Yes! But first, if you have not done so, set up a limited liability company (LLC). Then elect the LLC to be taxed as a partnership (with at least two members) so you have an LLC-Partnership which is both a legal and tax entity (with a low IRS audit profile) and the best entity for real estate. If you operate as one person, another member (to create the partnership) can be your spouse, other family member or even another entity you own such as a C-corporation. These can be minority low-percentage members so you can still have total control.
Now to the topic at hand. Properly structured, with the appropriate documents, an LLC can support expenses as tax deductions, many of which are IRS hot spots (discussed shortly) and typically would be more aggressive if taken as a non-entity sole proprietor (which is also very prone to IRS audits).
What to do: Use a properly worded comprehensive LLC Operating Agreement (OA). There are several important LLC legal documents. But the OA is the most important one. It is the nuclear, governing instrument… mandating LLC business operations. Simply put, it is the heart of the LLC. It also is a private document, not exposed to the public such as the articles of organization. The OA used, should be a "Real Estate OA", specifically designed for real estate investment operations.
A properly worded OA will contain legal provisions that document the LLC is a separate entity where the LLC affairs are separate from the affairs of the members. These legal provisions (along with entity formalities) will give its members limited liability protection, therefore making it difficult for a court to pierce the LLC entity veil (which would expose member personal assets to attachment). This is because the LLC would be separate and distinct from its members. Standard boiler-plate OA’s (which most are) do not do this, as well as below.
Tax Deduction Support: A properly worded Real Estate OA also supports the multitude of tax saving expense/deductions (and strategies) that are available for the absolute best tax shelter – real estate.
How Is This So? Because having the correct legal provisions in the OA (per the above) separates the LLC entity from its members, as a separate legal person. So given this, the statutory LLC entity (separate from its members) via this legal document (the OA), formally authorizes LLC members to incur expenses necessary to attain the specific business purpose of the LLC as provided in the OA (which purpose is: High-return, low-risk real estate investing). This is summarized below.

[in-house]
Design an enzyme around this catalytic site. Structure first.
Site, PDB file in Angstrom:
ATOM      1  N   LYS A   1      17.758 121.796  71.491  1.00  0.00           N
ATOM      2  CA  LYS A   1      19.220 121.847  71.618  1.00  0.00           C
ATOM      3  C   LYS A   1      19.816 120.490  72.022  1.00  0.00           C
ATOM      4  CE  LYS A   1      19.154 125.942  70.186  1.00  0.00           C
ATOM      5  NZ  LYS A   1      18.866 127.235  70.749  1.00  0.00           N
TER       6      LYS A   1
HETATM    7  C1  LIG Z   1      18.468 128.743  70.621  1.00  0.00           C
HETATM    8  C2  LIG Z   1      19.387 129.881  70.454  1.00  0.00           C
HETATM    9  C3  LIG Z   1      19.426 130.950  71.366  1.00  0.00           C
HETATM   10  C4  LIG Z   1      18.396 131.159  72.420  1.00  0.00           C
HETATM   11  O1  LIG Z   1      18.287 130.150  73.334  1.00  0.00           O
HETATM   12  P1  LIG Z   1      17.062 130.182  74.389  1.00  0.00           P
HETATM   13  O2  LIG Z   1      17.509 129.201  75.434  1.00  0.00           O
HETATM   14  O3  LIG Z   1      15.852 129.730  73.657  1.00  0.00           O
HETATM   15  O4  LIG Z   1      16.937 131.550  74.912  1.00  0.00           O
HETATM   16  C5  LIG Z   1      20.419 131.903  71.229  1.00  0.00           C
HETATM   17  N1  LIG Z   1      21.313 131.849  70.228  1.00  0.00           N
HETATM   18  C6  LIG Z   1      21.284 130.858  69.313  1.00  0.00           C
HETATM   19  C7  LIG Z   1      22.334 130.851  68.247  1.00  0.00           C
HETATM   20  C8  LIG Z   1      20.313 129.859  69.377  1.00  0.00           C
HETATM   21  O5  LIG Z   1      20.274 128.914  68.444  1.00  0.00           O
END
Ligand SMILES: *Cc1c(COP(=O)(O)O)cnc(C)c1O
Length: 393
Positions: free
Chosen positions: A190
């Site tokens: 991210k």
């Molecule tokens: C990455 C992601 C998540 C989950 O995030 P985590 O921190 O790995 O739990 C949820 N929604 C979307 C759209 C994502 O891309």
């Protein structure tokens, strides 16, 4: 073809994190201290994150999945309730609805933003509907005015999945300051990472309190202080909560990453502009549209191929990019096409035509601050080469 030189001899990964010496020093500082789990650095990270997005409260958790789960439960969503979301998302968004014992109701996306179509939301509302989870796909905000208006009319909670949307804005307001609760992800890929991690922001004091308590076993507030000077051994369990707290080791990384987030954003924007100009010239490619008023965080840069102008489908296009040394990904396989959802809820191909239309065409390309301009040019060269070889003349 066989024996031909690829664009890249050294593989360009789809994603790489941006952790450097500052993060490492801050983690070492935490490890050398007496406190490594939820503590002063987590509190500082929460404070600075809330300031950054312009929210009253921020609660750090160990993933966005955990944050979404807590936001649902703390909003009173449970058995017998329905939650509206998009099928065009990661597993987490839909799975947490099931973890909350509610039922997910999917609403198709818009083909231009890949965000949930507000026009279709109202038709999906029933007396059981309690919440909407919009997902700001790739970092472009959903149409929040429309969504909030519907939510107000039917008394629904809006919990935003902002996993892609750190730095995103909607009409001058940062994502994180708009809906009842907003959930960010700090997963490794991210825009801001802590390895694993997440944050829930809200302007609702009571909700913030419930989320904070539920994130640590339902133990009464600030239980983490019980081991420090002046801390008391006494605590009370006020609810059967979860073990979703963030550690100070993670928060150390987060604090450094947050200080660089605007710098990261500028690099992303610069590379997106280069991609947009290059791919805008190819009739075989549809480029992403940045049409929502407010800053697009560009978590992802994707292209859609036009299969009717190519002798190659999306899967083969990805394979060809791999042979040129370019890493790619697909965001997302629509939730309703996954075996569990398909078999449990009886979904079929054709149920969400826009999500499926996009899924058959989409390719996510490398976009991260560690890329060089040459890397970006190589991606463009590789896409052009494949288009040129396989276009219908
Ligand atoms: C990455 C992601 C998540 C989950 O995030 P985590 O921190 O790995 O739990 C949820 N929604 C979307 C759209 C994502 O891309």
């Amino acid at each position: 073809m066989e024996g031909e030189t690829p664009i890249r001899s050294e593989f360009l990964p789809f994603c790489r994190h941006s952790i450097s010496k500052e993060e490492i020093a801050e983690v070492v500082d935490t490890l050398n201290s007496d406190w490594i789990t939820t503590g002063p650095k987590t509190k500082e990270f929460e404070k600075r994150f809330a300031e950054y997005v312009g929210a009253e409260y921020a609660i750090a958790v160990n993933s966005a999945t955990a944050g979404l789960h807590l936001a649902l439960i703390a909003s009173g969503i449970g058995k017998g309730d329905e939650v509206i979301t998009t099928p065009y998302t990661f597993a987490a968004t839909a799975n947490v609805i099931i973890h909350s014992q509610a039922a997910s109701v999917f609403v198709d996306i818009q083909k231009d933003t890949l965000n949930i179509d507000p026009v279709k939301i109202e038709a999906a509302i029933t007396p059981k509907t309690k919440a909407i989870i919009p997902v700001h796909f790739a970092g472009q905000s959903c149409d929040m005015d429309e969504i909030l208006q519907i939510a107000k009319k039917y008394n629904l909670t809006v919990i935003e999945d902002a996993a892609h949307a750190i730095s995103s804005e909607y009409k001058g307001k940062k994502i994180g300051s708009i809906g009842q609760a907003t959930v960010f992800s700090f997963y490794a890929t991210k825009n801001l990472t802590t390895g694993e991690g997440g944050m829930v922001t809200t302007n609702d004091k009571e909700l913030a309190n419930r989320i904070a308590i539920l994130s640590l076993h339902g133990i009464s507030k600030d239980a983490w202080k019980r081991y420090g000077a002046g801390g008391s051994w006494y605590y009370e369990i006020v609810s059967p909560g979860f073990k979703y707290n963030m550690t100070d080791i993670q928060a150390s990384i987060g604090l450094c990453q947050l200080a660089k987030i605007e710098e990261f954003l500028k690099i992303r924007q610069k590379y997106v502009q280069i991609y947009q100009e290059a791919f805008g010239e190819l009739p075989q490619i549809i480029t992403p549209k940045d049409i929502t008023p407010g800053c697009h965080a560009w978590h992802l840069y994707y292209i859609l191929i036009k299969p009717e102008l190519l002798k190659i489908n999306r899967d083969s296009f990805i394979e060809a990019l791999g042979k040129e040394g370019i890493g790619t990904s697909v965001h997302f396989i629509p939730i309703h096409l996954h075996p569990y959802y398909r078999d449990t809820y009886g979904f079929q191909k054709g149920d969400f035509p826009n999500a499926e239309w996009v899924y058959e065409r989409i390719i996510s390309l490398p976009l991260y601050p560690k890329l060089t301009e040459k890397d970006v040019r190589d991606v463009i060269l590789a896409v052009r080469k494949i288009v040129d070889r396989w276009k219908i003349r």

The LLC Entity
Gives legal authorization to incur expenses necessary to attain the LLC business purpose
You as LLC Member
With the LLC authorization, you incur the authorized deductible expenses, carrying out the LLC bus. purpose
This is powerful! You will feel much more assured and comfortable that your tax deductions are legally supported by this legal entity (LLC) via this legal document (OA).
IRS Hot Spots: This is especially so with IRS hot spots such as deductions for auto, home-office, entertainment, meals, travel to find property; especially, real estate education (seminars, home study courses, coaching programs) along with related travel to the educational event. With the proper LLC documents, you can legally and fully claim such deductions, even if you do not yet own any investment properties. This could be a very troublesome area with the IRS… but now can be resolved with a properly structured LLC entity with complete, correct documentation!
Conclusion-Summary: Such proper documentation can therefore be an effective defense against any IRS attacks; or CPA’s trying to deny you of valuable deductions. Reason: This statutory LLC entity (separate from its members) via this legal document (the OA), formally authorizes these deductible expenses necessary to attain the LLC business purpose. You end up with legal tax-saving deductions and a more successful real estate operation… The best of both worlds.
Al Aiello is a regular guest speaker at CT REIA. Go here for the current list of upcoming real estate investing seminars in Connecticut.